• alveolar macrophages;
  • antioxidant;
  • astaxanthin;
  • shrimp waste;
  • TNF-α

Abstract:  Astaxanthin is a carotenoid known to have antioxidant and antiinflammatory properties. This study examined if shrimp astaxanthin modulates the production of superoxide (O2), nitric oxide (NO), and tumor necrosis factor-α (TNF-α) in rat alveolar macrophages. The oxidative effect was induced by phorbol myristate acetate and lipopolysacharide. The treatment was compared with superoxide dismutase, butylated hydroxytoluene, commercial astaxanthin, N-nitric-L-arginine methyl ester and L- canavanine, all administered as a 43.5-μg/mL dose in the presence of 1% EtOH/0.5% DMSO. All treatments maintained cell viability, as observed in the MTT assay, and shrimp extract increased the viable alveolar macrophages to 168%. Shrimp extract and commercial astaxanthin showed a suppressive effect on the generation of both free radicals O2 and NO, while purified shrimp astaxanthin was specific to NO. TNF-α secretion was correlated with NO production. However, in this correlation, the shrimp extract completely inhibited TNF-α. In the light of these findings, the antioxidant action demonstrated in this study suggests that the shrimp extract could be considered as a promising source of bioactive substances with antioxidant and anti-inflammatory activity.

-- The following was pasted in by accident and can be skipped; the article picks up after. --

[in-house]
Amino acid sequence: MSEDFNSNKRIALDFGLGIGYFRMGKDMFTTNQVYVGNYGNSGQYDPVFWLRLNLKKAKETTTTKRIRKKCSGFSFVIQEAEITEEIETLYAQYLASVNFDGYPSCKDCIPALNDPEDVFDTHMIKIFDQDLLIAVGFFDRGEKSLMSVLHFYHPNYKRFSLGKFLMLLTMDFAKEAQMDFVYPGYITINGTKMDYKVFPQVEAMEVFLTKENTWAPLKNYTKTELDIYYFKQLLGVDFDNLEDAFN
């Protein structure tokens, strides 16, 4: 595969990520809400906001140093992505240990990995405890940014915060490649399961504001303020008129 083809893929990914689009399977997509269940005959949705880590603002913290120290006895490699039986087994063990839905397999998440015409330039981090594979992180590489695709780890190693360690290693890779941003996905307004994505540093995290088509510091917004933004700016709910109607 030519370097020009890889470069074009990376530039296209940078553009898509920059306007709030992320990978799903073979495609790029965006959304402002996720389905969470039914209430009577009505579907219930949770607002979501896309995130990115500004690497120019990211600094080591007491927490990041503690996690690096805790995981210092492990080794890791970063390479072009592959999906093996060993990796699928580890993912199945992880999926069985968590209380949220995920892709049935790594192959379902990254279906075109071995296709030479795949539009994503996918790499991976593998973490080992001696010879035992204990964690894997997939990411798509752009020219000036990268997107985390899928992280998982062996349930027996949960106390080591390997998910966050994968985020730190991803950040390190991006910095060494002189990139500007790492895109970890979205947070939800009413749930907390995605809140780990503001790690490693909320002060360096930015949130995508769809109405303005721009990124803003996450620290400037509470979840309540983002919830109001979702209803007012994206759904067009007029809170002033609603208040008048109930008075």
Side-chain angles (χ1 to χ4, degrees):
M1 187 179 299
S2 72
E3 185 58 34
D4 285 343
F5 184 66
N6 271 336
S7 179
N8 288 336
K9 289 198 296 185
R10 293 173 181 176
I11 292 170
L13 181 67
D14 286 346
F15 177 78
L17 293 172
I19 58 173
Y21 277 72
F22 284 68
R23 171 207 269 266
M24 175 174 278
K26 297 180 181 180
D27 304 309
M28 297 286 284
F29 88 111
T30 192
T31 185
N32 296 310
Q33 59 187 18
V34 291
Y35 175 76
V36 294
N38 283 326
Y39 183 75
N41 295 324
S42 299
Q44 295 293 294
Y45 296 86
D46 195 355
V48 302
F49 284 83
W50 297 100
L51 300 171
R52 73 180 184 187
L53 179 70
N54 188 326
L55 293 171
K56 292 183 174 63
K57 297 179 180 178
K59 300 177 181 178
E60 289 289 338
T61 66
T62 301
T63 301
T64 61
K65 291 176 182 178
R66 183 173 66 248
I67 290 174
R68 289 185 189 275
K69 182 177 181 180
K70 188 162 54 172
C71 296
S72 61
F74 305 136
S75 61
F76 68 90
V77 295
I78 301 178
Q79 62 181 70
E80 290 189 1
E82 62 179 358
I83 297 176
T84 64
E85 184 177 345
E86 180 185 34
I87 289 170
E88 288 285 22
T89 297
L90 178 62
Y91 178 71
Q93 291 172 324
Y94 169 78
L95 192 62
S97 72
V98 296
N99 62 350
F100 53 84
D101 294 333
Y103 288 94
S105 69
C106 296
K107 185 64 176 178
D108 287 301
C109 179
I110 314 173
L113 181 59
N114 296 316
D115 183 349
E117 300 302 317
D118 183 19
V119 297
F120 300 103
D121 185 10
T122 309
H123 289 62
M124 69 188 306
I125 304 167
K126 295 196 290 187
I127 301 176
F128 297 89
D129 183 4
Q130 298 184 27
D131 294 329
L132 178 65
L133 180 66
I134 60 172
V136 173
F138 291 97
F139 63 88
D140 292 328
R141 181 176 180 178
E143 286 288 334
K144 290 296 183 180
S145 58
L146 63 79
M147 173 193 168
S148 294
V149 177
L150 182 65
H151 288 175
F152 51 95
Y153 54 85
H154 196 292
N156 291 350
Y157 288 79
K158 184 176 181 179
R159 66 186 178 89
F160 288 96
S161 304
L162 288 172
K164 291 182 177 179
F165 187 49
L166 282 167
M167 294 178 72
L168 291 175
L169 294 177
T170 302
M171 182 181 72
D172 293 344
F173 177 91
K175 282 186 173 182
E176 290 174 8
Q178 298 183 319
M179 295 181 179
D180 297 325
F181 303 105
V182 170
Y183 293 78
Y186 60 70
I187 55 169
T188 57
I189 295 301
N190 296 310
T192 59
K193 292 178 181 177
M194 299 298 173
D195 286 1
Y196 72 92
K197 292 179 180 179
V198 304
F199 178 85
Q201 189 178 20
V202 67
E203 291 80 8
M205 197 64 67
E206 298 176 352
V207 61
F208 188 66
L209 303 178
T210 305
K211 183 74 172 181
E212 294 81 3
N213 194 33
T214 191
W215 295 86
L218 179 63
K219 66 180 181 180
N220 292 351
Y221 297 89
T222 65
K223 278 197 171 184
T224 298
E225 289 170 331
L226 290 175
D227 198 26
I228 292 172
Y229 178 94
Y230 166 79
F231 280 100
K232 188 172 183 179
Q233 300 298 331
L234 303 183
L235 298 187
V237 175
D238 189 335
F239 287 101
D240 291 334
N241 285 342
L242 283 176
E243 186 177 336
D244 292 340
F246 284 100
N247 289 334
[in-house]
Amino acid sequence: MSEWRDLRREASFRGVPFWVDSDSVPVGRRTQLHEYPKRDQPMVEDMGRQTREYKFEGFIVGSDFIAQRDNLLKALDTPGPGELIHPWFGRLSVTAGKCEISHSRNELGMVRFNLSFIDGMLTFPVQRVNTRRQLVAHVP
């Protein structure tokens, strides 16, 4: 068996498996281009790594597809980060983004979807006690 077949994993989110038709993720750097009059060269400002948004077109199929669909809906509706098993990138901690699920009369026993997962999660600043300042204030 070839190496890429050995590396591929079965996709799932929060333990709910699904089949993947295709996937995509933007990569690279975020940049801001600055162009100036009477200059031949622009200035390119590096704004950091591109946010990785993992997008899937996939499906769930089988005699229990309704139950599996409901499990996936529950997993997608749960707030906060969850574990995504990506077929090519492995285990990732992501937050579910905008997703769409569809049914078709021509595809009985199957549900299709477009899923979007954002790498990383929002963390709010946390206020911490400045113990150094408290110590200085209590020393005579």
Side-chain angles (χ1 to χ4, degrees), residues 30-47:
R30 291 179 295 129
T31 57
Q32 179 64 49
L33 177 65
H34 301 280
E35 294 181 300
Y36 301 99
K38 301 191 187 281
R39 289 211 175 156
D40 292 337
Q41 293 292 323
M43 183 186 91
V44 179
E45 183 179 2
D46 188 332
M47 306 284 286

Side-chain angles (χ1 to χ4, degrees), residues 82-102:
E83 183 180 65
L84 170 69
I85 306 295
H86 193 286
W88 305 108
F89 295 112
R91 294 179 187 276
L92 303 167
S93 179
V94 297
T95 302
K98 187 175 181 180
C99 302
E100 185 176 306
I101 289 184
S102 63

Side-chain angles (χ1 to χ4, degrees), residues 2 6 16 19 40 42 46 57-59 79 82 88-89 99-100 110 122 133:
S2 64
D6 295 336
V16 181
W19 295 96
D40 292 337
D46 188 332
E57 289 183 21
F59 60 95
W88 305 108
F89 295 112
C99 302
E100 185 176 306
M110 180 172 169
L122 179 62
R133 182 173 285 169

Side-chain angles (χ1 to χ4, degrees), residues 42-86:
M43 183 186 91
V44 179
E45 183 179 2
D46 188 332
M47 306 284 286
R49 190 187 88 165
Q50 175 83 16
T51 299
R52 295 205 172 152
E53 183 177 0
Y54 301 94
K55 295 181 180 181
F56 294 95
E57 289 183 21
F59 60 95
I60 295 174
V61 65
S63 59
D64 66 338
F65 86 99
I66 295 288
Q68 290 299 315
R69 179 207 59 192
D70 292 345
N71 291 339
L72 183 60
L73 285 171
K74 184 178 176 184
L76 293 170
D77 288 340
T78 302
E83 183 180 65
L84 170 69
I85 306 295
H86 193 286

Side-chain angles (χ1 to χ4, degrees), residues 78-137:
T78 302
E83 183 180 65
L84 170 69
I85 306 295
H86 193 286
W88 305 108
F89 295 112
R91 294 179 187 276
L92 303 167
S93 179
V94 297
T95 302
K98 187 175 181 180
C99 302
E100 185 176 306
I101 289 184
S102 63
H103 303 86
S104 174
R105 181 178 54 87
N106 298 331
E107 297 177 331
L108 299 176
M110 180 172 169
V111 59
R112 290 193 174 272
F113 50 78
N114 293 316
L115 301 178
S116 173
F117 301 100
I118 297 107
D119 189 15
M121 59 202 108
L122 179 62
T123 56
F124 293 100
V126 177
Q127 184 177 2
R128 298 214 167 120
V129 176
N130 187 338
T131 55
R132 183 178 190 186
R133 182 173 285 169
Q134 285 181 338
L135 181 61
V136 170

Practical Application:  The hydrolysis process of shrimp waste generates bioactive products that add economic value to shrimp processing, mainly because they may have applications in nutraceutical and animal feed industry.